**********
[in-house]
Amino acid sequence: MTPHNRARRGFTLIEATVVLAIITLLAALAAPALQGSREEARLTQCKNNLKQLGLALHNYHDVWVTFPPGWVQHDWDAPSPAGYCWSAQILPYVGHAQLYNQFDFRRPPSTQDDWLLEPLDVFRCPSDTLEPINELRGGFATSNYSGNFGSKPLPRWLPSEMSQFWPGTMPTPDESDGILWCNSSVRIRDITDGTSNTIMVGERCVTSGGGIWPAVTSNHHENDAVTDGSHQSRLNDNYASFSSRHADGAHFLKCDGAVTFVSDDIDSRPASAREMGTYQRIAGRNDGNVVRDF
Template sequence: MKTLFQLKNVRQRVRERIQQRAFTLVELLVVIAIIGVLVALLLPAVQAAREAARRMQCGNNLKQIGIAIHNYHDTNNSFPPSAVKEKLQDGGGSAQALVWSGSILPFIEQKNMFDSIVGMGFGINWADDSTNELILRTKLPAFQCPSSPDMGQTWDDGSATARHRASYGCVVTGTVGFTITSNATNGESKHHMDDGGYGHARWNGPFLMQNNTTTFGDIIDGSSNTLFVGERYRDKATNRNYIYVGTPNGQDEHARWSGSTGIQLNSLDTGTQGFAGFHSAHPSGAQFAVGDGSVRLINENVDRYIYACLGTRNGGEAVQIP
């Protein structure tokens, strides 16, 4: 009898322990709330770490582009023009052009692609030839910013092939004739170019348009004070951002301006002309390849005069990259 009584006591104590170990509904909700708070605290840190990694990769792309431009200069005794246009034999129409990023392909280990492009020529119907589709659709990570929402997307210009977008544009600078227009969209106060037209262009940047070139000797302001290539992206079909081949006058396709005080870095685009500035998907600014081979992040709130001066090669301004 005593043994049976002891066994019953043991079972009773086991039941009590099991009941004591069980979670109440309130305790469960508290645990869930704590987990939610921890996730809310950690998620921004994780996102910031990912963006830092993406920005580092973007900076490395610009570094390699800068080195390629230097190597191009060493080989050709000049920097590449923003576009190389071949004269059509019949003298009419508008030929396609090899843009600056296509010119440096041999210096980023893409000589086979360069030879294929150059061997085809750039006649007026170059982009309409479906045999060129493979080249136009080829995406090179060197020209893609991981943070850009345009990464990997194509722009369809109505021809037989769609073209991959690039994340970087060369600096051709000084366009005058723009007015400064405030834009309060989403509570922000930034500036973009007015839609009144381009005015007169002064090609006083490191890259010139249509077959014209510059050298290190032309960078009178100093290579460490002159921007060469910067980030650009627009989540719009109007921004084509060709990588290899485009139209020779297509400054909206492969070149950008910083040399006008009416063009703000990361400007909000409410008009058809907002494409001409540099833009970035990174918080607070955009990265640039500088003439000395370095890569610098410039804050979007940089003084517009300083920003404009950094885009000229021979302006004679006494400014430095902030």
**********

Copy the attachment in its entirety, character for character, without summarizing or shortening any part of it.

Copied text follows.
[in-house]
Amino acid sequence: MTPHNRARRGFTLIEATVVLAIITLLAALAAPALQGSREEARLTQCKNNLKQLGLALHNYHDVWVTFPPGWVQHDWDAPSPAGYCWSAQILPYVGHAQLYNQFDFRRPPSTQDDWLLEPLDVFRCPSDTLEPINELRGGFATSNYSGNFGSKPLPRWLPSEMSQFWPGTMPTPDESDGILWCNSSVRIRDITDGTSNTIMVGERCVTSGGGIWPAVTSNHHENDAVTDGSHQSRLNDNYASFSSRHADGAHFLKCDGAVTFVSDDIDSRPASAREMGTYQRIAGRNDGNVVRDF
Template sequence: MKTLFQLKNVRQRVRERIQQRAFTLVELLVVIAIIGVLVALLLPAVQAAREAARRMQCGNNLKQIGIAIHNYHDTNNSFPPSAVKEKLQDGGGSAQALVWSGSILPFIEQKNMFDSIVGMGFGINWADDSTNELILRTKLPAFQCPSSPDMGQTWDDGSATARHRASYGCVVTGTVGFTITSNATNGESKHHMDDGGYGHARWNGPFLMQNNTTTFGDIIDGSSNTLFVGERYRDKATNRNYIYVGTPNGQDEHARWSGSTGIQLNSLDTGTQGFAGFHSAHPSGAQFAVGDGSVRLINENVDRYIYACLGTRNGGEAVQIP
């Protein structure tokens, strides 16, 4: 009898322990709330770490582009023009052009692609030839910013092939004739170019348009004070951002301006002309390849005069990259 009584006591104590170990509904909700708070605290840190990694990769792309431009200069005794246009034999129409990023392909280990492009020529119907589709659709990570929402997307210009977008544009600078227009969209106060037209262009940047070139000797302001290539992206079909081949006058396709005080870095685009500035998907600014081979992040709130001066090669301004 005593043994049976002891066994019953043991079972009773086991039941009590099991009941004591069980979670109440309130305790469960508290645990869930704590987990939610921890996730809310950690998620921004994780996102910031990912963006830092993406920005580092973007900076490395610009570094390699800068080195390629230097190597191009060493080989050709000049920097590449923003576009190389071949004269059509019949003298009419508008030929396609090899843009600056296509010119440096041999210096980023893409000589086979360069030879294929150059061997085809750039006649007026170059982009309409479906045999060129493979080249136009080829995406090179060197020209893609991981943070850009345009990464990997194509722009369809109505021809037989769609073209991959690039994340970087060369600096051709000084366009005058723009007015400064405030834009309060989403509570922000930034500036973009007015839609009144381009005015007169002064090609006083490191890259010139249509077959014209510059050298290190032309960078009178100093290579460490002159921007060469910067980030650009627009989540719009109007921004084509060709990588290899485009139209020779297509400054909206492969070149950008910083040399006008009416063009703000990361400007909000409410008009058809907002494409001409540099833009970035990174918080607070955009990265640039500088003439000395370095890569610098410039804050979007940089003084517009300083920003404009950094885009000229021979302006004679006494400014430095902030």